Bakken Wall Street Coverage

E&P analysts share perspective on low oil, activity levels and future expectations. We spoke with analysts based in Denver and Houston to learn what investors think of the current oil market.
By Luke Geiver | October 20, 2015

For the latest oilfield catchphrase, talk with an energy equity analyst. From their offices in Denver, Houston or London, they can explain the truth behind the dead cat bounce, the DUC or the most recent term linked to oil production in the low price environment: lower for longer.

To deliver the level of insight and descriptive analysis on the exploration and production sector, midstreams or the energy service firms that they are tasked with covering for internal or external investor clients, analysts have to know the complexities of the industry and more importantly, how to talk about it with energy CEOs and hedge fund managers alike.

To hear them in action, listen to any quarterly financial update from any Bakken-based E&P. To understand their individual perspectives  and what they talk about with clients regarding  oil prices, production activity and the key to keeping investors happy, we talked with analysts from Denver, Houston and a group of industry veterans that recently formed a finance and marketing service for those companies in need of private capital.

Lower For Longer Explained
Since the time Daniel Guffey, vice president of equity research for oil and gas exploration and production at Stifel Nicolaus, first started covering the E&P space in 2007, the industry has completely changed. “There has been a big step change,” he says. The change has occurred in every facet of the shale space including technology, economics and managing style. In the past 18 months, for example, Guffey says operators have moved to slickwater fracks as a strategy to increase production. Drilling and completion times have decreased, resulting in more efficient and economic operations. Boardrooms are now pondering the finance of future production through cashflow instead of debt, he adds. This evolution of the industry has altered the breakeven prices for many U.S. shale plays, including the Bakken.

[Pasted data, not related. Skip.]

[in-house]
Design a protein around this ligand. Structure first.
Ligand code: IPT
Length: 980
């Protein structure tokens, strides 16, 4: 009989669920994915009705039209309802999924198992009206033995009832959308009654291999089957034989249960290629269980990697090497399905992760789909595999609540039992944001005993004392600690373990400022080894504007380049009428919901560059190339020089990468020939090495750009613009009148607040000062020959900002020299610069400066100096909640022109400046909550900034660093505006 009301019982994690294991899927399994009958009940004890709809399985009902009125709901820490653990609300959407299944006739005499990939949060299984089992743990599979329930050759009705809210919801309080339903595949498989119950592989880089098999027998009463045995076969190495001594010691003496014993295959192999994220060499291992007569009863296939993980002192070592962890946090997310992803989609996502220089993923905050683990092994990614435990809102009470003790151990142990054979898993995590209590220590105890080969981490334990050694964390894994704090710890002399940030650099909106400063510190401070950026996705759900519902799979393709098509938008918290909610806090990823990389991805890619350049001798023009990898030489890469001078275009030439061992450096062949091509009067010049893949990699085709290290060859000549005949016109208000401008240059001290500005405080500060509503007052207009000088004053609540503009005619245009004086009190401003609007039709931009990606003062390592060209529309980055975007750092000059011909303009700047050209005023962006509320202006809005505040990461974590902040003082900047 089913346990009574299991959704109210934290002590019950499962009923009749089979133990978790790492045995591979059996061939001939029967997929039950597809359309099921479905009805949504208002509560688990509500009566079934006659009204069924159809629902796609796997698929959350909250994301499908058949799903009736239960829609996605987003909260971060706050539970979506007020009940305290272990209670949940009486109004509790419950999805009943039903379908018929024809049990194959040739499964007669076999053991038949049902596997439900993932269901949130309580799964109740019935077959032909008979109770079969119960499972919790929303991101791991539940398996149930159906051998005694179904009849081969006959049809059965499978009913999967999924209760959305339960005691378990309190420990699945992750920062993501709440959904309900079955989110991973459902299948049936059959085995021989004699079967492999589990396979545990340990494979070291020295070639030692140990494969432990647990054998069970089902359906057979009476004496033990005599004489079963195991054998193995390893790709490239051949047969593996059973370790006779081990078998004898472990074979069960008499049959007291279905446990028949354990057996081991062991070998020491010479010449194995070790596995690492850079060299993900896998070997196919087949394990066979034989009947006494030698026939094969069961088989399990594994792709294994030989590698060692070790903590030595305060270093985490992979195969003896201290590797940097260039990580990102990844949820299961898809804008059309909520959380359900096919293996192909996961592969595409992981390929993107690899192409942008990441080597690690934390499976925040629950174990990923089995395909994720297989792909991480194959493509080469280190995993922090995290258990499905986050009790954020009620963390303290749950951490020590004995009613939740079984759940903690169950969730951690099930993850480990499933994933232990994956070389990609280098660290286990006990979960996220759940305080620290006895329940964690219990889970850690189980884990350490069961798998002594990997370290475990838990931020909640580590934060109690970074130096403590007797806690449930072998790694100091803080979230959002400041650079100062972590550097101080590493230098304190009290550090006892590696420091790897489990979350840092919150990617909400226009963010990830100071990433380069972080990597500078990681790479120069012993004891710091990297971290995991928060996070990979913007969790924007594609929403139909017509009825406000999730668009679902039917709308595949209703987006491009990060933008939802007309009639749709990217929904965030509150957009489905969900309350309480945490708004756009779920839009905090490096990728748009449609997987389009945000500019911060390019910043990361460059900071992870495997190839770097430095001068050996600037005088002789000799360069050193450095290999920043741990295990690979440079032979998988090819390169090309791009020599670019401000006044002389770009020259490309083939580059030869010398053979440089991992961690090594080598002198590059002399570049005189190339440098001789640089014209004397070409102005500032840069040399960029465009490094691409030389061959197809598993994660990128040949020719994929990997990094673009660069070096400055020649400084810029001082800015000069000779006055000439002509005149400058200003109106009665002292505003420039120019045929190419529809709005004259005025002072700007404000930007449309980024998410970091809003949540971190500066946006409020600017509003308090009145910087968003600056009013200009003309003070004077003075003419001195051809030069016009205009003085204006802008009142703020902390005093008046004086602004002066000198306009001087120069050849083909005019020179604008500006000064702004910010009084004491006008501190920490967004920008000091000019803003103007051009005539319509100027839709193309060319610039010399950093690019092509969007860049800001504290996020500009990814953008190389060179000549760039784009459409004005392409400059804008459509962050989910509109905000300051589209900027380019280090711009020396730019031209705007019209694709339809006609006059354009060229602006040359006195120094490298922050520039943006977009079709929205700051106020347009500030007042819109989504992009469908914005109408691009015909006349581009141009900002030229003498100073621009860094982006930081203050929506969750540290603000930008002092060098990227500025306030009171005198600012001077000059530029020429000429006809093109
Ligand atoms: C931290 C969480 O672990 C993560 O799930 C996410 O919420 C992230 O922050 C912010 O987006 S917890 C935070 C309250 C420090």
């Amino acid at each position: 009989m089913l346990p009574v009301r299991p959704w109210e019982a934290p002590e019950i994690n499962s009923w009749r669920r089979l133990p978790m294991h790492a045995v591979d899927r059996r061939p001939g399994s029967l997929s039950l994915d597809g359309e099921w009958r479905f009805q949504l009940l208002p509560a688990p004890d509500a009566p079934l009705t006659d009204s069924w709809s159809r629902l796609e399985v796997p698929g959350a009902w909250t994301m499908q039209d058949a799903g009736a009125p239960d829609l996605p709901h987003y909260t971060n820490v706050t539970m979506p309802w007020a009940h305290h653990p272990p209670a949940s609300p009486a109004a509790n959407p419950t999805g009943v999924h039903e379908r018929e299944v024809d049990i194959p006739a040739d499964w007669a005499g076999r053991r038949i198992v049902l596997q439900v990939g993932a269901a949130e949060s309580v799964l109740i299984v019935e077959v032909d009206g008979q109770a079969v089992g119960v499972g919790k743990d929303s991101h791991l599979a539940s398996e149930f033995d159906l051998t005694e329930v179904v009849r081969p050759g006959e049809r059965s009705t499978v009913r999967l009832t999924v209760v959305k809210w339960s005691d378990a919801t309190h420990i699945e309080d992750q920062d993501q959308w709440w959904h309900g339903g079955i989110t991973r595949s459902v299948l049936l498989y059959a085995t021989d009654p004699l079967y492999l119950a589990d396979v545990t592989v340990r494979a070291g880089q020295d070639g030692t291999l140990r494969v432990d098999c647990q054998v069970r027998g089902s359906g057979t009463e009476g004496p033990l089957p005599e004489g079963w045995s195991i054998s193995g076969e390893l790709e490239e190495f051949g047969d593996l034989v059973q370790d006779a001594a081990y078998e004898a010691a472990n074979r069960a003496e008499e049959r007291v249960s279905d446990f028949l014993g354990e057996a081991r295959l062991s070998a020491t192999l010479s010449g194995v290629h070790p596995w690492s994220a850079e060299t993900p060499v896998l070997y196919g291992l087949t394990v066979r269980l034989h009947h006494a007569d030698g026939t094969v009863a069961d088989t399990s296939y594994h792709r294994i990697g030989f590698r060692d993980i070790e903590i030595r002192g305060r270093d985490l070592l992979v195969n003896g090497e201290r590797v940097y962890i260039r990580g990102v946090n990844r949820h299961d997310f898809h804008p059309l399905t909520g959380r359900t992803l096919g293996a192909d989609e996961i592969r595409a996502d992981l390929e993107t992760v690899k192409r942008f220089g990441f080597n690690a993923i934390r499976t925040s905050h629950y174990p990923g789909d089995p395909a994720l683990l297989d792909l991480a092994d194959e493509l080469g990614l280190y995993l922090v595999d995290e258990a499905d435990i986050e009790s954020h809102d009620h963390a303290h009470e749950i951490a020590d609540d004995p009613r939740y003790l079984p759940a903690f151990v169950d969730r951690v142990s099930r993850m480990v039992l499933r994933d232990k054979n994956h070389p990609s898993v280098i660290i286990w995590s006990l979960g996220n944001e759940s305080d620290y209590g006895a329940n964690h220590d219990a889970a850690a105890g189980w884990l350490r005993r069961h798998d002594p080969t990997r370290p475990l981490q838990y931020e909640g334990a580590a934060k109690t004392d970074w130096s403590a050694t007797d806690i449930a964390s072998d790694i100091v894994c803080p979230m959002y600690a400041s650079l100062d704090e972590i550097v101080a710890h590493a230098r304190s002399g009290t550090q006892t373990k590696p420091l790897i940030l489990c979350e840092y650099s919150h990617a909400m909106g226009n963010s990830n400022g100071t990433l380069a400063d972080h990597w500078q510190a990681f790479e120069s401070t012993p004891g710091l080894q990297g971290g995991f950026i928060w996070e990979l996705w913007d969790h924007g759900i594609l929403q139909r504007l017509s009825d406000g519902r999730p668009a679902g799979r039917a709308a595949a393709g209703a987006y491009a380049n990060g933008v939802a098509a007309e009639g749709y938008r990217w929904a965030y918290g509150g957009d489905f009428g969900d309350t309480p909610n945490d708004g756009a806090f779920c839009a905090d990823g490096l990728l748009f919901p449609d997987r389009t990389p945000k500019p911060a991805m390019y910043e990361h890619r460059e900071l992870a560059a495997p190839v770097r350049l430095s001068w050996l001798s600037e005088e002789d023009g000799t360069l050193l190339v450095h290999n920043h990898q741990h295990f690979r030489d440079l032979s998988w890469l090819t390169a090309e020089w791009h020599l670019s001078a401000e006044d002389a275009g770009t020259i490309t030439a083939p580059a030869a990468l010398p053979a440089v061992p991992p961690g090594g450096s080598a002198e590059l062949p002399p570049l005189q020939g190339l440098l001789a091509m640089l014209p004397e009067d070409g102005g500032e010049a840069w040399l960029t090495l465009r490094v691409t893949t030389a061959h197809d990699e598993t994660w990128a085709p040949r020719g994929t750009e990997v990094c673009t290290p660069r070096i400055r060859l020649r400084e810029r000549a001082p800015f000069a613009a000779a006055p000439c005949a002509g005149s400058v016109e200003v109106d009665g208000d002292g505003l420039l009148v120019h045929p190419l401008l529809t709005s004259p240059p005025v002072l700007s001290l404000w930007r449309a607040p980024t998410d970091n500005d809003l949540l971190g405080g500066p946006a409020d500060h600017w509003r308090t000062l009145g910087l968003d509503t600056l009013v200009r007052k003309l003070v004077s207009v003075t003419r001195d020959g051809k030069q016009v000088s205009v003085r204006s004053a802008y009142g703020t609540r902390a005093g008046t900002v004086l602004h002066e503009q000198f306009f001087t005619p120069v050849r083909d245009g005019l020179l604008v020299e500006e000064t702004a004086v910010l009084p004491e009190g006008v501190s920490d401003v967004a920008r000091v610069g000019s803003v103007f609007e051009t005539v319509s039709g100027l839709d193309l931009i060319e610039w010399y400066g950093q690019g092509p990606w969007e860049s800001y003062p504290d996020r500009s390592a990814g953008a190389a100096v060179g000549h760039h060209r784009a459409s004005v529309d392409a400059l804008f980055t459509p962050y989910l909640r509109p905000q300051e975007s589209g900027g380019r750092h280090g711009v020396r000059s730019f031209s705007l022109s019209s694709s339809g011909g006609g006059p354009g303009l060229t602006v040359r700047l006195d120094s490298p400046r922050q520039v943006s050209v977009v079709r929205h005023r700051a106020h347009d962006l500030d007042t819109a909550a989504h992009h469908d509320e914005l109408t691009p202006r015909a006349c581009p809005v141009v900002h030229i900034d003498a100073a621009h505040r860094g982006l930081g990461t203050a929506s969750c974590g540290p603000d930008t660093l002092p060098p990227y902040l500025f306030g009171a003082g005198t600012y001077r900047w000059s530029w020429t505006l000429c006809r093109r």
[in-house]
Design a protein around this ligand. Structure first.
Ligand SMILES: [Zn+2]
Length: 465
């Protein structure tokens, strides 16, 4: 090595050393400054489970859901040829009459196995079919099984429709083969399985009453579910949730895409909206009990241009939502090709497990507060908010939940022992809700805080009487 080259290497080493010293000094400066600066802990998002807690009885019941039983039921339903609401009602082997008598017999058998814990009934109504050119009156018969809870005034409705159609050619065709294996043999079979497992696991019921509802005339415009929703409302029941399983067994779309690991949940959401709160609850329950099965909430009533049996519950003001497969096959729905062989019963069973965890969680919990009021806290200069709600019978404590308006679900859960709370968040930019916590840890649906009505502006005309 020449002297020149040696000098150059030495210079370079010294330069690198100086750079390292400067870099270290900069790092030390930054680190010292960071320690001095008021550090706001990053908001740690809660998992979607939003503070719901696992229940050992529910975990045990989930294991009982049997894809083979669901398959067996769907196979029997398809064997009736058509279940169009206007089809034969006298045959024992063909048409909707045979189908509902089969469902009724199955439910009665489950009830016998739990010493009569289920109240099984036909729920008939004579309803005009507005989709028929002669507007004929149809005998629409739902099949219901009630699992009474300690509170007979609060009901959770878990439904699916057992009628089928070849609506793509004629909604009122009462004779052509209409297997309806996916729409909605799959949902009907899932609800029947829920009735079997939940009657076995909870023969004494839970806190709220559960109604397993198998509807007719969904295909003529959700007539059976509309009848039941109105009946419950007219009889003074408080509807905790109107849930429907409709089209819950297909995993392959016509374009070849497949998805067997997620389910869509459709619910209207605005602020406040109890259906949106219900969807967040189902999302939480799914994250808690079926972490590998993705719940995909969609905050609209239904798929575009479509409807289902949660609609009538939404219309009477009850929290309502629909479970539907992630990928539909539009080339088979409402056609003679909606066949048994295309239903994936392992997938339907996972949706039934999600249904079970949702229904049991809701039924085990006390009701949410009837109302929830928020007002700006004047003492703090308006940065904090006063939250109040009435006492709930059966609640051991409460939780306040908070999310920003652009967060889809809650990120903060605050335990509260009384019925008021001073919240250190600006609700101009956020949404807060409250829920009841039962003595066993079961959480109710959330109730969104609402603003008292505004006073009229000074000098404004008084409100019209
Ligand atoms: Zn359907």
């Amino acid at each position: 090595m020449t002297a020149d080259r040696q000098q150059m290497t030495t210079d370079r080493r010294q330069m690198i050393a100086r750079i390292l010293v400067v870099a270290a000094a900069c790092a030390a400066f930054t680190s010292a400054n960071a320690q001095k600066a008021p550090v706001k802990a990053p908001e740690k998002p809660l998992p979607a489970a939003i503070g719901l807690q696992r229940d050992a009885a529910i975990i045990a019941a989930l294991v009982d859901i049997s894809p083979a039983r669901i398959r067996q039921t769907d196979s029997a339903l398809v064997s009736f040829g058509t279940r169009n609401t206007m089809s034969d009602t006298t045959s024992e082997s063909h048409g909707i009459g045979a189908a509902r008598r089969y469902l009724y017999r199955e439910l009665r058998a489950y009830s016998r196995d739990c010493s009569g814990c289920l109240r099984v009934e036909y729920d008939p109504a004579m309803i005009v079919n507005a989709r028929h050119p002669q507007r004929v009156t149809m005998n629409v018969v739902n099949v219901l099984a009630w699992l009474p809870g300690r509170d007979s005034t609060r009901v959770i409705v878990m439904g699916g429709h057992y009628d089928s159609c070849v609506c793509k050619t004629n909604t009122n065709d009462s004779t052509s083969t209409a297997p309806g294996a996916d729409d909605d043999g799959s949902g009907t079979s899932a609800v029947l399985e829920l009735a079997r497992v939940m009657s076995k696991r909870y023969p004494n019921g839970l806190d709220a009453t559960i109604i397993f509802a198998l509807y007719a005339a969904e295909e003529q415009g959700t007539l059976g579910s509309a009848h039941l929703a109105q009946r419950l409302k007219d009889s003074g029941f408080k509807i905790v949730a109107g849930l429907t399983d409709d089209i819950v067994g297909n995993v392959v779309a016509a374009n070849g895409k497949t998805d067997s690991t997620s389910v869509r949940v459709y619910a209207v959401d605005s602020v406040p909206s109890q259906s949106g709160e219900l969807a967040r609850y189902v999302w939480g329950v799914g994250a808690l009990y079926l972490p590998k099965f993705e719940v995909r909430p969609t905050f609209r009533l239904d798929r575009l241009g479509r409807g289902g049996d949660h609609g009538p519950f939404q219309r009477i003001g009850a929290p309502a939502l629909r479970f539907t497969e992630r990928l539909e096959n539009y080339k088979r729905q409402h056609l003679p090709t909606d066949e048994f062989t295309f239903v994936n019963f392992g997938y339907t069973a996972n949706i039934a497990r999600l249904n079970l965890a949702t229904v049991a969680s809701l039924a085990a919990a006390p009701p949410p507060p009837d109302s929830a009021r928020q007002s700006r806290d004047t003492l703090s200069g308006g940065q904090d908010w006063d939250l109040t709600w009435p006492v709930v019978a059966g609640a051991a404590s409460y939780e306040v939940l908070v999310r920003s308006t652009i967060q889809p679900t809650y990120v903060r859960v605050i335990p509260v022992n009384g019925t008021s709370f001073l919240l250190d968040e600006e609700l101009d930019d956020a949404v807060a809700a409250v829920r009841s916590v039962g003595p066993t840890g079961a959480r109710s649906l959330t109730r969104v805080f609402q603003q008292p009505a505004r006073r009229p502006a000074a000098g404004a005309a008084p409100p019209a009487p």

“You don’t need $80 or $90 oil to make the plays economic,” Guffey says. “At $60 now, most of these companies are making money.” For every entity linked to the shale space, those should be welcome words. Current oil price predictions point to the end of 2016—possibly sooner, or later—as the time when price fundamentals balance and the demand for oil once again outpaces demand. The rebalance will drive oil price back above $60, predictions show, but until then, analysts have now turned to the term “lower for longer” to describe what everyone should expect from the oil markets in the U.S.

The term holds meaning for producers and analysts each. For the production community, the term explains how analysts describe the mindset of E&Ps. “Companies are getting leaner, overhead is shrinking. They are all getting more efficient as a whole,” Guffey says. “That will help them drive better returns for investors and allow them to stay competitive in a low price environment.”

Jason Wangler, senior vice president and equity analyst from Wunderlich Securities, mimics Guffey’s sentiment. “A lot of folks are highgrading their assets and finding a way to hunker down and get through the downturn,” he says. By now, operators have changed their strategies due to the high-probability that oil prices will not rally for the next few quarters.

The idea, as Wangler and Guffey explain, is to remain relevant knowing that oil prices are going to say low for the next few quarters.

Earlier this year, Wangler explains, “There was an idea that there would be a V-shape curve where oil would be down for a bit but we would pop back up and the second half of 2015 was going to be fantastic. Now the phrase lower for longer is a phrase that is being thrown around a lot.”

Following a brief rally in June, oil prices once again dipped. “When we saw the price go upwards of $60 we saw operators put rigs back to work. That rally was shortlived,” Guffey says. Most believe the dip was a true sign that the global oil markets are out of balance.

What Investors Want
“The investor perspective has ebbed and flowed,” Wangler says.

At the beginning of the year there was strong interest and a high volume of money being infused into the oil and gas industry, he says. Successful equity raises in April by several firms proved that.

Today, the energy shops and hedge funds that Wangler talks too say they are underweight in energy because it is an “ugly space,” with too much uncertainty right now.

“I would say the interest is still really high and it is as high as it was several months ago, but the actual capital being deployed is much lower,” Wangler says.